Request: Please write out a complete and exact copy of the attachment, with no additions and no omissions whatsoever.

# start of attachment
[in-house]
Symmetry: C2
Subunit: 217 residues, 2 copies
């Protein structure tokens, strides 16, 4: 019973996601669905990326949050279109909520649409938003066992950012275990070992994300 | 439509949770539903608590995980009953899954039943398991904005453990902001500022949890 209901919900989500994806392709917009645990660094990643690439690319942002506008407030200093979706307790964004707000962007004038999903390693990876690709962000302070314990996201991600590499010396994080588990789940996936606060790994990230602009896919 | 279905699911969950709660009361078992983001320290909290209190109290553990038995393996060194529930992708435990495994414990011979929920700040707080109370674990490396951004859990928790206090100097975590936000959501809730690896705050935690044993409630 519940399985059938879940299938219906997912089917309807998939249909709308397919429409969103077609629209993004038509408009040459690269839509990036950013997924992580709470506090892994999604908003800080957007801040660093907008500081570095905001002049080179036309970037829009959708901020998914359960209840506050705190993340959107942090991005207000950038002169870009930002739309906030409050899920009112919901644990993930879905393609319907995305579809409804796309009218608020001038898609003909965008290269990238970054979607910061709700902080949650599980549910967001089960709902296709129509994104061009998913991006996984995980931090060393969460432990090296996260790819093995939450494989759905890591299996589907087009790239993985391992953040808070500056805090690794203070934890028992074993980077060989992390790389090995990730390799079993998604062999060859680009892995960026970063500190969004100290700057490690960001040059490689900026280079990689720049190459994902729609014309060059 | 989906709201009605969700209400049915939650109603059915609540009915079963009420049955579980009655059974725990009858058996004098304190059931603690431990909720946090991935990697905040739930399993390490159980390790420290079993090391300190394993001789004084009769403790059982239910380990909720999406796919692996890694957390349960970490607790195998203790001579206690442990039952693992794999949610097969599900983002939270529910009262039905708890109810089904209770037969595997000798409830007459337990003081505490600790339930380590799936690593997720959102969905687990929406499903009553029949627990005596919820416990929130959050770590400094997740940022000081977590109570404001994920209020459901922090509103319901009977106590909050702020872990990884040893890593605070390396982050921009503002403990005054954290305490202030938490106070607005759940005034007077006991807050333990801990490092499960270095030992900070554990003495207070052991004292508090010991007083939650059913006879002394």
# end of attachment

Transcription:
[in-house]
Symmetry: C2
Subunit: 217 residues, 2 copies
């Protein structure tokens, strides 16, 4: 019973996601669905990326949050279109909520649409938003066992950012275990070992994300 | 439509949770539903608590995980009953899954039943398991904005453990902001500022949890 209901919900989500994806392709917009645990660094990643690439690319942002506008407030200093979706307790964004707000962007004038999903390693990876690709962000302070314990996201991600590499010396994080588990789940996936606060790994990230602009896919 | 279905699911969950709660009361078992983001320290909290209190109290553990038995393996060194529930992708435990495994414990011979929920700040707080109370674990490396951004859990928790206090100097975590936000959501809730690896705050935690044993409630 519940399985059938879940299938219906997912089917309807998939249909709308397919429409969103077609629209993004038509408009040459690269839509990036950013997924992580709470506090892994999604908003800080957007801040660093907008500081570095905001002049080179036309970037829009959708901020998914359960209840506050705190993340959107942090991005207000950038002169870009930002739309906030409050899920009112919901644990993930879905393609319907995305579809409804796309009218608020001038898609003909965008290269990238970054979607910061709700902080949650599980549910967001089960709902296709129509994104061009998913991006996984995980931090060393969460432990090296996260790819093995939450494989759905890591299996589907087009790239993985391992953040808070500056805090690794203070934890028992074993980077060989992390790389090995990730390799079993998604062999060859680009892995960026970063500190969004100290700057490690960001040059490689900026280079990689720049190459994902729609014309060059 | 989906709201009605969700209400049915939650109603059915609540009915079963009420049955579980009655059974725990009858058996004098304190059931603690431990909720946090991935990697905040739930399993390490159980390790420290079993090391300190394993001789004084009769403790059982239910380990909720999406796919692996890694957390349960970490607790195998203790001579206690442990039952693992794999949610097969599900983002939270529910009262039905708890109810089904209770037969595997000798409830007459337990003081505490600790339930380590799936690593997720959102969905687990929406499903009553029949627990005596919820416990929130959050770590400094997740940022000081977590109570404001994920209020459901922090509103319901009977106590909050702020872990990884040893890593605070390396982050921009503002403990005054954290305490202030938490106070607005759940005034007077006991807050333990801990490092499960270095030992900070554990003495207070052991004292508090010991007083939650059913006879002394």